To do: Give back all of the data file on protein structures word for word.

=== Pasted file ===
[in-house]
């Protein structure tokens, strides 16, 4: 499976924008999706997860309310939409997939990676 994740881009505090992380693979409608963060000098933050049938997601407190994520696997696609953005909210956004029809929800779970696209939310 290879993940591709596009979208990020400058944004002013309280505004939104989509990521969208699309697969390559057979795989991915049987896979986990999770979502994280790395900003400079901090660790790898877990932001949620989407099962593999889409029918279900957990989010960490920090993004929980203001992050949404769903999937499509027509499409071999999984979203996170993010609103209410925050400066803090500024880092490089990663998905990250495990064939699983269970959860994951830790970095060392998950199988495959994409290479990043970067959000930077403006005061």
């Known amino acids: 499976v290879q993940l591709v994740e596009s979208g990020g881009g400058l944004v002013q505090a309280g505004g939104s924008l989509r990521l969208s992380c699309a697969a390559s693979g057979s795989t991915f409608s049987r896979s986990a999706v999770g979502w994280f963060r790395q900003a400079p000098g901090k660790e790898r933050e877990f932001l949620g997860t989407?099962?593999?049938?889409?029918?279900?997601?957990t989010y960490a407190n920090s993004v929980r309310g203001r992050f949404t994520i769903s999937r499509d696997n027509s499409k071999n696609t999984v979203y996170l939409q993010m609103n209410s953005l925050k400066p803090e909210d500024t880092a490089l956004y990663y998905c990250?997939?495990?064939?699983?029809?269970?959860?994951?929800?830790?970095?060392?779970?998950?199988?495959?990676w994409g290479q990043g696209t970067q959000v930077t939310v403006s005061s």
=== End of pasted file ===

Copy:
[in-house]
């Protein structure tokens, strides 16, 4: 499976924008999706997860309310939409997939990676 994740881009505090992380693979409608963060000098933050049938997601407190994520696997696609953005909210956004029809929800779970696209939310 290879993940591709596009979208990020400058944004002013309280505004939104989509990521969208699309697969390559057979795989991915049987896979986990999770979502994280790395900003400079901090660790790898877990932001949620989407099962593999889409029918279900957990989010960490920090993004929980203001992050949404769903999937499509027509499409071999999984979203996170993010609103209410925050400066803090500024880092490089990663998905990250495990064939699983269970959860994951830790970095060392998950199988495959994409290479990043970067959000930077403006005061």
């Known amino acids: 499976v290879q993940l591709v994740e596009s979208g990020g881009g400058l944004v002013q505090a309280g505004g939104s924008l989509r990521l969208s992380c699309a697969a390559s693979g057979s795989t991915f409608s049987r896979s986990a999706v999770g979502w994280f963060r790395q900003a400079p000098g901090k660790e790898r933050e877990f932001l949620g997860t989407?099962?593999?049938?889409?029918?279900?997601?957990t989010y960490a407190n920090s993004v929980r309310g203001r992050f949404t994520i769903s999937r499509d696997n027509s499409k071999n696609t999984v979203y996170l939409q993010m609103n209410s953005l925050k400066p803090e909210d500024t880092a490089l956004y990663y998905c990250?997939?495990?064939?699983?029809?269970?959860?994951?929800?830790?970095?060392?779970?998950?199988?495959?990676w994409g290479q990043g696209t970067q959000v930077t939310v403006s005061s």